Safe and Sound

KOKOMO HERITAGE

KOKOMO, IN
3
Star Rating
Started in 1959, KOKOMO HERITAGE is an NCUA-insured credit union based in KOKOMO, IN. The credit union holds $10.0 million in assets, according to December 31, 2017, regulatory filings.

Thanks to the efforts of 5 full-time employees, the credit union currently holds loans and leases worth $8.2 million. KOKOMO HERITAGE's 1,849 members currently have $7.0 million in shares with the credit union.

Overall, Bankrate believes that, as of December 31, 2017, KOKOMO HERITAGE exhibited a generally satisfactory condition, earning 3 out of 5 stars for safety and soundness. Here's an analysis of how the credit union faired on the three major criteria Bankrate used to evaluate U.S. credit unions.

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THE INSTITUTION'S SCORE

Capital Score

When it comes to measuring an institution's financial resilience, capital is valuable. It works as a buffer against losses and affords protection for members when a credit union is experiencing financial instability. When looking at safety and soundness, more capital is preferred.

KOKOMO HERITAGE fell below the national average of 15.65 on our test to measure capital adequacy, receiving a score of 14 out of a possible 30 points.

KOKOMO HERITAGE had a capitalization ratio of 14.00 percent in our test, lower than the average for all credit unions, suggesting that it could have a harder time weathering financial trouble than its peers.

Asset Quality Score

This test is intended to try to understand how the credit union's reserves set aside to cover loan losses, as well as overall capitalization could be affected by troubled assets, such as past-due loans.

A credit union with large numbers of these kinds of assets could eventually have to use capital to absorb losses, diminishing its buffer of equity. It also means that there are likely to be many assets that are in non-accrual status and thus aren't earning interest for the credit union, resulting in lower earnings and potentially more risk of a failure in the future.

KOKOMO HERITAGE scored below the national average of 38.09 on Bankrate's test of asset quality, racking up 28 out of a possible 40 points .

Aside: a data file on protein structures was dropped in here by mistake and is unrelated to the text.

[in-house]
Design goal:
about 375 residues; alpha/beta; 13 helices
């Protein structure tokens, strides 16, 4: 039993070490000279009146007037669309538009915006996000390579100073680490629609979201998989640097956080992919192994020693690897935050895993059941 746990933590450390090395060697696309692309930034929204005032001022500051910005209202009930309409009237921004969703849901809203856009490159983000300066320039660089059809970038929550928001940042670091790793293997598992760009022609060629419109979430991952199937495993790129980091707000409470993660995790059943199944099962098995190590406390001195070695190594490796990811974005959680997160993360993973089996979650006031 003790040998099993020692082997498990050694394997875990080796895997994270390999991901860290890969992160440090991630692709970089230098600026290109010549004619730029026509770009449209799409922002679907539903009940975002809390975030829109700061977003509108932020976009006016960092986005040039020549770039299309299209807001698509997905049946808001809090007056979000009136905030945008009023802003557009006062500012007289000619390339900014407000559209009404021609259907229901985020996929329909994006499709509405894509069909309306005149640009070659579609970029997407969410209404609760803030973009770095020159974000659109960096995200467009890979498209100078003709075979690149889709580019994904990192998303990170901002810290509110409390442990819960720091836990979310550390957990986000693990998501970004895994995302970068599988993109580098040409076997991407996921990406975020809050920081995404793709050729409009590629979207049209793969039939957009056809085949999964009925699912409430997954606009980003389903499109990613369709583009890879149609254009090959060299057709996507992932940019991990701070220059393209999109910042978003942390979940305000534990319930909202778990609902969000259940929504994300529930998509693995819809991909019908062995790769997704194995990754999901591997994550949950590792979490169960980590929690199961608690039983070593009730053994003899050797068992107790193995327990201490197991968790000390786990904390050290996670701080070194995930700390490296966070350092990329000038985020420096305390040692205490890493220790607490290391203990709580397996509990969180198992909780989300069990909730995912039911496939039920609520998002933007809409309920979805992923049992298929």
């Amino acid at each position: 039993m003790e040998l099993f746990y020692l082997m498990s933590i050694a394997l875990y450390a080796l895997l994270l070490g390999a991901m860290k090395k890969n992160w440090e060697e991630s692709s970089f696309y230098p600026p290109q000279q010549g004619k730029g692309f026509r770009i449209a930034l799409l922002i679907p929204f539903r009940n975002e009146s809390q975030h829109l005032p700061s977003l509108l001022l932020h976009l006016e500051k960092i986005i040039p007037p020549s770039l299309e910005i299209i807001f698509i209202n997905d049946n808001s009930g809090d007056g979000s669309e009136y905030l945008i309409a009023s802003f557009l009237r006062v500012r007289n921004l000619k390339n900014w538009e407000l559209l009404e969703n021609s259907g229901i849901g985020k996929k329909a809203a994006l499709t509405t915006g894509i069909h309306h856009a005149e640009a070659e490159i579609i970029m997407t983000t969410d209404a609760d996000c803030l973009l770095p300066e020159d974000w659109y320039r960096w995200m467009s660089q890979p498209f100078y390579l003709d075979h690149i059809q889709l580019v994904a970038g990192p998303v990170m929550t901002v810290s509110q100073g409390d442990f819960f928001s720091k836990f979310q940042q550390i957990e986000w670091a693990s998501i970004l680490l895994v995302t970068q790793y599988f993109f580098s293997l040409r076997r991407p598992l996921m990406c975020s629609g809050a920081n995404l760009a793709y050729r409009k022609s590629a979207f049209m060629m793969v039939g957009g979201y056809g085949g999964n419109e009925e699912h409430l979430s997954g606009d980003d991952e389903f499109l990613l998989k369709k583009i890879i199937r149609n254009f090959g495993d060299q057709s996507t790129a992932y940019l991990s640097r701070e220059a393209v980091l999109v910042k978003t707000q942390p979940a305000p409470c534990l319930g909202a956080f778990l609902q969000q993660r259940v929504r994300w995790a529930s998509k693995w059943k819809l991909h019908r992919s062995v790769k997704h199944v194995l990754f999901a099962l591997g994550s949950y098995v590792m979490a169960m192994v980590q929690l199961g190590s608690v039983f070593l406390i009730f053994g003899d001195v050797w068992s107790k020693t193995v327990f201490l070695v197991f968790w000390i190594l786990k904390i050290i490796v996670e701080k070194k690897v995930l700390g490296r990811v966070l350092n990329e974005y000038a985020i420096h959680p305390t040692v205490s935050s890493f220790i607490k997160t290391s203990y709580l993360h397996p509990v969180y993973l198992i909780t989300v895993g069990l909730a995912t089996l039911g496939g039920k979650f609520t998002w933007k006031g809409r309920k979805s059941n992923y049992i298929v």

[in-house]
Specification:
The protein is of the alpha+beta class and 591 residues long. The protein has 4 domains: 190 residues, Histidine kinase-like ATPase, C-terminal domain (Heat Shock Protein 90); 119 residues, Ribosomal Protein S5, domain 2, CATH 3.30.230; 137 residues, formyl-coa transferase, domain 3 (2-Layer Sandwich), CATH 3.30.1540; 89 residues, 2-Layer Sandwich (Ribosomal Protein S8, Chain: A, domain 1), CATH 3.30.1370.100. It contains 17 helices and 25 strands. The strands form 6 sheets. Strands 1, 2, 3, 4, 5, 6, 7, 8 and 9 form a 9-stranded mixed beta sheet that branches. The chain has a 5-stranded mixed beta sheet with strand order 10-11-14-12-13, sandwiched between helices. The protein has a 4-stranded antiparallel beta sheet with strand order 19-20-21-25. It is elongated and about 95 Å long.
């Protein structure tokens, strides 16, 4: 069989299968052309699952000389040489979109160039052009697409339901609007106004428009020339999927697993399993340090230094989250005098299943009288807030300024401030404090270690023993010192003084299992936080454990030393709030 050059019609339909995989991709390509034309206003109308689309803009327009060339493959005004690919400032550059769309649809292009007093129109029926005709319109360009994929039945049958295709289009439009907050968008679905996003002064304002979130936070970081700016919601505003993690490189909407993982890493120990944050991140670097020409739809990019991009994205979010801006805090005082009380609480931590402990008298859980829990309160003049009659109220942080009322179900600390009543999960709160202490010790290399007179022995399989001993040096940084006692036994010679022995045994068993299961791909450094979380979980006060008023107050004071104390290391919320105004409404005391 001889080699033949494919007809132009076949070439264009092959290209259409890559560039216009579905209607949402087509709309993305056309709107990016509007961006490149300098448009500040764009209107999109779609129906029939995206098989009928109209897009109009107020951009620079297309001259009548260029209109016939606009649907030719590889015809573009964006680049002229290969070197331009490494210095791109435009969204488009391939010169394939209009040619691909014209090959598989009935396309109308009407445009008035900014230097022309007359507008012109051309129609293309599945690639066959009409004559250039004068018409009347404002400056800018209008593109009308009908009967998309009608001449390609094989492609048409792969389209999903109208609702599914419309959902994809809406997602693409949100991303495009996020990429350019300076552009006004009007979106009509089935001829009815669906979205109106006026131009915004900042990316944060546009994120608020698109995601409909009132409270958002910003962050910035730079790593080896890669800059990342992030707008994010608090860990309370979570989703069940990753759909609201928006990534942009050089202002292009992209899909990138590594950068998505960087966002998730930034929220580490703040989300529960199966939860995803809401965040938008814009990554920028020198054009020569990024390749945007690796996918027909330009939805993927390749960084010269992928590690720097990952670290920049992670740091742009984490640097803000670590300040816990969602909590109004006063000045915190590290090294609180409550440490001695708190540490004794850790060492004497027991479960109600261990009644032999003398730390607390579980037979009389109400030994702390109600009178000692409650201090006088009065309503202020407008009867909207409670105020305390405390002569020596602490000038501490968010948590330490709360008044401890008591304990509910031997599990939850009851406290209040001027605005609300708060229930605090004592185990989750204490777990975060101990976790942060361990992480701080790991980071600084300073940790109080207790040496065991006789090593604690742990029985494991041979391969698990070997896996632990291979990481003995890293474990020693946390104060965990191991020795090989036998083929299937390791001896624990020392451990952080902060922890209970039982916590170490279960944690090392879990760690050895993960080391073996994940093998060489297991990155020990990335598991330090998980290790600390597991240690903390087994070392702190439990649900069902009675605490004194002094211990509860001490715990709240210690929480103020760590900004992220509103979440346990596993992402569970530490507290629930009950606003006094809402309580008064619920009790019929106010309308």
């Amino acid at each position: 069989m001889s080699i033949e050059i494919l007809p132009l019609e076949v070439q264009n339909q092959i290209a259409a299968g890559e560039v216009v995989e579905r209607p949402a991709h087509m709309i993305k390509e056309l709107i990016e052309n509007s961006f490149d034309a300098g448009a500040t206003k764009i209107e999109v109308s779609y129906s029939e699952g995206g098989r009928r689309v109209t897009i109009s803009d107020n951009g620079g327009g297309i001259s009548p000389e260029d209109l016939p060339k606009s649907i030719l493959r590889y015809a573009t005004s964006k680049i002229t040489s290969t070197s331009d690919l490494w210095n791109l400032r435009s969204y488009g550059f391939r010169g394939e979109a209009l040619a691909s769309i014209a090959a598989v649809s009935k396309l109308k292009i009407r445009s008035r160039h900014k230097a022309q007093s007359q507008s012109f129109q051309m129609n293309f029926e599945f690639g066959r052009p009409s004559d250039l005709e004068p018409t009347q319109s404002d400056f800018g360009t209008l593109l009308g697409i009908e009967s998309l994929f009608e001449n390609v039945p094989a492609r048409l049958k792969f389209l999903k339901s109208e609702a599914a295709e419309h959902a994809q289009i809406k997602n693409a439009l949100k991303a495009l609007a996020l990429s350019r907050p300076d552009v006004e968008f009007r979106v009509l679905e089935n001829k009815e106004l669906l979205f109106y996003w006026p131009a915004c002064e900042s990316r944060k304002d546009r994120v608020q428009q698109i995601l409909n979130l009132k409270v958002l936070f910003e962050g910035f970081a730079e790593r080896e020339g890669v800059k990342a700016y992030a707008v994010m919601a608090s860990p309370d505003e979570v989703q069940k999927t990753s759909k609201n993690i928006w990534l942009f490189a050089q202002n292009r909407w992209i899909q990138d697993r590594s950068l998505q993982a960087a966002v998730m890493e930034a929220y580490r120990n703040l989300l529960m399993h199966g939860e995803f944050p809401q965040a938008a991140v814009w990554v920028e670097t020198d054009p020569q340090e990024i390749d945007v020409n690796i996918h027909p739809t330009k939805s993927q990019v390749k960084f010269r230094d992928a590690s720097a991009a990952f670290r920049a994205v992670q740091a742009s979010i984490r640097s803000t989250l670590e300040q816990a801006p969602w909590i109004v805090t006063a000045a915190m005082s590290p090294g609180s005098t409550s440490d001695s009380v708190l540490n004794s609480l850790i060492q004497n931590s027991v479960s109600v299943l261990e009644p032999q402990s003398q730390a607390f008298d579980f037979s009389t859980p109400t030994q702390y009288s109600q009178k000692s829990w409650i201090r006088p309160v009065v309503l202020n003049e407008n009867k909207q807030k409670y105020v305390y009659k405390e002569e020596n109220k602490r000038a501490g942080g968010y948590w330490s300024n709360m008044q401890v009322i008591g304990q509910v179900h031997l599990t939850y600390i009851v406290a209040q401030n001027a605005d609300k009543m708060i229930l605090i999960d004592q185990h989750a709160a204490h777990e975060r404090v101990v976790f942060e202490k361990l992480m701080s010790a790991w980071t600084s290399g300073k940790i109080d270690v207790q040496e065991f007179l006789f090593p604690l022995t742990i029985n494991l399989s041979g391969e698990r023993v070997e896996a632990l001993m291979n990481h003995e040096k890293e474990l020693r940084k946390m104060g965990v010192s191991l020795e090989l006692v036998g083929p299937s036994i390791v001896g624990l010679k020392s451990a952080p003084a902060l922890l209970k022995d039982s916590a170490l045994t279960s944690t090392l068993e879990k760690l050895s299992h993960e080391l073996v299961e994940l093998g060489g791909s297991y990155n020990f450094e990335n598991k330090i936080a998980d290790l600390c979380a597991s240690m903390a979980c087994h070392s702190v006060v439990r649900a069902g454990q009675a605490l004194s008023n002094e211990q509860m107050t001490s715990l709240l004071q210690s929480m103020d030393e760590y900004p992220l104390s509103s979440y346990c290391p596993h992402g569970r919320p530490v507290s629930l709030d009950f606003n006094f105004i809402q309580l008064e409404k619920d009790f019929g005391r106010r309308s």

KOKOMO HERITAGE's ratio of troubled assets was 0.00 percent in our test, less than the national average and suggestive of superior financial strength compared to other credit unions.

Earnings score

A credit union's profitability has an effect on its safety and soundness. A credit union can retain its earnings, expanding its capital buffer, or use them to deal with problematic loans, likely making the credit union better prepared to withstand economic shocks. Conversely, losses take away from a credit union's ability to do those things.

KOKOMO HERITAGE scored 6 out of a possible 30 on Bankrate's test of earnings, below the national average of 10.11.

One indication that the credit union is doing better than its peers in this area was its earnings ratio of 0.00 percent in our test, above the average for all credit unions.

WHAT IS SAFE & SOUND?

Bankrate.com's Safe & Sound Ratings provide a star rating system to evaluate the current financial status of financial institutions. The information gathered about banks, credit unions and thrifts is updated as set forth in the Terms of Use of Safe & Sound Ratings and Reports. The Safe & Sound Ratings information is grouped by categories of banks, thrifts and credit unions.

Scoring methodology

Bankrate.com evaluates the financial condition of institutions and assigns a one- to five-star rating for each with five stars representing the highest rating. Institutions with satisfactory performance will generally receive a rating of three or more stars. The majority of institutions fall into the three- to four-star range. An institution with an "NR" rating may be too new to rate or may have limited the publicly available information in their regulatory filings. The "NR" is not an indication of financial strength or weakness. The Safe & Sound rating is believed to be reliable, but the information is not guaranteed. In addition, events since the information was collected may have altered the institution's financial condition.